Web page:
Caramelised Parsnip and Sweet Potato Soup

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I have posted a fair number of soups ‘Veloute a la Madame Loik’ also with caramelised parsnips being my personal favourite, but this comes in at a very close second and is much simpler

It is the slightly caramelised parsnips that give it a distinctive sweet, slightly smoky flavour and a ‘reduced’ version of this soup works very well as a dhal served with Indian food.

Caramelising fruit and vegetables in butter is a great way to add natural sweetness, no need to add sugar as the natural sugars in the fruits or certain vegetables (carrots, parsnips) is enough.

This leads me to the whole sugar argument………you knew that it was coming…….

Back in the 1980’s when I was a student nurse and studying nutrition as part of my training, the tutor told us that sugar served no purpose except to make you fat, rot your teeth, cause premature diabetes, and – the thing that stood out in my mind – it destroyed the immune system (other auto- immune diseases along with cancer and heart disease have since been added to this list)

I then made a conscious effort to cut it out of my diet, but even back in the day, it was creeping in everywhere, so this is where my present cooking/eating style began to develop, particularly after the birth of my first daughter in 1987, I did not want her to be a sugar junkie, so rejected the oh so convenient jars of ‘baby’ food and fed her ‘real’ food adapted to her needs and development.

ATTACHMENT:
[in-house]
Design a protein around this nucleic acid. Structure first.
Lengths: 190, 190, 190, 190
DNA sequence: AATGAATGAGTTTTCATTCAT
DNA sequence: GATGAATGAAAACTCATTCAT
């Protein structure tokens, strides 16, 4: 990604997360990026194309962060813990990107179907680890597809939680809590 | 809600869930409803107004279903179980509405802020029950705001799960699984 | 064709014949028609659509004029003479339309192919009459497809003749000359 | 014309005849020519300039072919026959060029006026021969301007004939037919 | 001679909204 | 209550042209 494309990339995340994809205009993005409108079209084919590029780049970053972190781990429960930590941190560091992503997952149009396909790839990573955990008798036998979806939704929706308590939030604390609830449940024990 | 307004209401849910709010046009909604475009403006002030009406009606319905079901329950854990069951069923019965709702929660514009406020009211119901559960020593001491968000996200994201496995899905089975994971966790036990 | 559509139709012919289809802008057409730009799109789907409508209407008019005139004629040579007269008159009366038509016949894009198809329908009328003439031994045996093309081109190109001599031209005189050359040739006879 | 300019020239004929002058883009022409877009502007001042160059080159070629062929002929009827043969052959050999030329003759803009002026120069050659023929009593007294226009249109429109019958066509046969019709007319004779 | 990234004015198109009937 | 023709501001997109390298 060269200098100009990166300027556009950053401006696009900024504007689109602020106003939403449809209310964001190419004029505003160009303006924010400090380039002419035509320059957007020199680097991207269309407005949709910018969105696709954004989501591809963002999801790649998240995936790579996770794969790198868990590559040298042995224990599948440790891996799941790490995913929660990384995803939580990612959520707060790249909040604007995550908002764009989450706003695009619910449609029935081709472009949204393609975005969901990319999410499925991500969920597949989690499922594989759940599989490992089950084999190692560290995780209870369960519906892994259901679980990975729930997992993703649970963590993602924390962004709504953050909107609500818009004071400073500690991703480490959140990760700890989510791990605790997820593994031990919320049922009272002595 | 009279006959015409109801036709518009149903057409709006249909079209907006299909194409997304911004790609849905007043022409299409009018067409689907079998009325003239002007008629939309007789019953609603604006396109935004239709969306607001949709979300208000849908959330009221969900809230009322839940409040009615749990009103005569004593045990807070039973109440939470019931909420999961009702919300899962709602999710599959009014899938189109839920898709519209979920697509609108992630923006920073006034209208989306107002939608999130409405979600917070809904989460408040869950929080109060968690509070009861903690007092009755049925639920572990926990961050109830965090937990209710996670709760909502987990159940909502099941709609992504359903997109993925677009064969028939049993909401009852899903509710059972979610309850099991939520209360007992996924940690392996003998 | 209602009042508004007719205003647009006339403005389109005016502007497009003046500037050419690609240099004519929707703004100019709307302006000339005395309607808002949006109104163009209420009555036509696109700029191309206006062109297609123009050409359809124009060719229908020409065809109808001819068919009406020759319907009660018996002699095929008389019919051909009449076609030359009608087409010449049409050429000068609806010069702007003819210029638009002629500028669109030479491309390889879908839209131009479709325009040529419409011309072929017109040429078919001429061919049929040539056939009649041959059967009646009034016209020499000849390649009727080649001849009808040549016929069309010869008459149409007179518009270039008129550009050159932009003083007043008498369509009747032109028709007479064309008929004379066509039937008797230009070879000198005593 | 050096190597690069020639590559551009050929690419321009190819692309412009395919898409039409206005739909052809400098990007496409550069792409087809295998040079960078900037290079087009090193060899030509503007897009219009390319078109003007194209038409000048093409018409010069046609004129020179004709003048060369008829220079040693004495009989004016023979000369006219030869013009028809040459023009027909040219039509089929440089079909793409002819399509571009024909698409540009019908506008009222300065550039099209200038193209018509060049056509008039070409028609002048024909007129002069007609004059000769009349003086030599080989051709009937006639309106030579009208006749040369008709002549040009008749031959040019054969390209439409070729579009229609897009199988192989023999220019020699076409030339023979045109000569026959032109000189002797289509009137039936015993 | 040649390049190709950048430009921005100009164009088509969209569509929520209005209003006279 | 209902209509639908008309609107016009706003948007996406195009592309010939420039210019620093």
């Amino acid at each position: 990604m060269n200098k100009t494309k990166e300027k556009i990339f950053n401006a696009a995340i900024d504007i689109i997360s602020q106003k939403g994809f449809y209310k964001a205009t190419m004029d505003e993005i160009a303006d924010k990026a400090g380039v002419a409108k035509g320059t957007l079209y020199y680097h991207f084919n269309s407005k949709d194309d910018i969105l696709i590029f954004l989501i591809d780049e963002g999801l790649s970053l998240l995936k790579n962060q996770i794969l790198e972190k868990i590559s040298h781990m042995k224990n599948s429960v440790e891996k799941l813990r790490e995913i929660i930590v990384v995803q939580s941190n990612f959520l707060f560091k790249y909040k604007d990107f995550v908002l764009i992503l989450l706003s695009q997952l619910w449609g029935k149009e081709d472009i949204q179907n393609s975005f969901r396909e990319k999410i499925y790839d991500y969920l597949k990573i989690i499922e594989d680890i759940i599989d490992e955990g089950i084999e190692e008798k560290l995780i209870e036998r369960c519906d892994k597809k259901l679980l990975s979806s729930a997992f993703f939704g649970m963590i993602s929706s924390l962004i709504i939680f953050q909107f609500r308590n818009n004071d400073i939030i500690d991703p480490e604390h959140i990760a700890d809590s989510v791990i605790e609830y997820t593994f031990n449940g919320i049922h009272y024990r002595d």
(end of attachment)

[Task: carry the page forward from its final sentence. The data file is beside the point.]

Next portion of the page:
The result is a 29 year old who has never had a tooth extraction or filling in her life (her 25 year old sister neither)

During my career as a nurse I worked in an anaesthetic unit, recovering children from general anaesthesia following tooth extraction – I have seen babies as young as 20 months having teeth removed as soon as they appear through parents giving them sugary drinks in bottles, and also seen children as young as five or six having 10 or 12 teeth extracted, and the same children coming back again and again, despite being given strong advise about avoiding sugar – particularly ‘hidden’ sugars. To me this was a form of child abuse. Needless to say that these children were often on the ‘podgy’ side – so it was not just a case of ‘weak’ teeth, of which there seemed to be an epidemic!

I know that I am preaching to the converted on here, as you all have wonderful healthy blogs using lots of fresh, natural ingredients, but I had to get that out of my system…….

Now back to the quick and easy soup…..


2 medium parsnips cubed

1 large sweet potato cubed

1 small red onion finely chopped

1 clove of garlic crushed

A good handful of red lentils

1 ½ pints (850ml) vegetable stock

1 tablespoon of salted butter

1 dessertspoon of turmeric

1 heaped teaspoon of dried coriander leaves

Freshly ground sea salt and black pepper to taste


Heat the butter in a sauce pan and sauté the parsnips and carrots over quite a high heat until they begin to caramelise

Add the onion and continue to sauté on a lower heat for 2 minutes, then add the garlic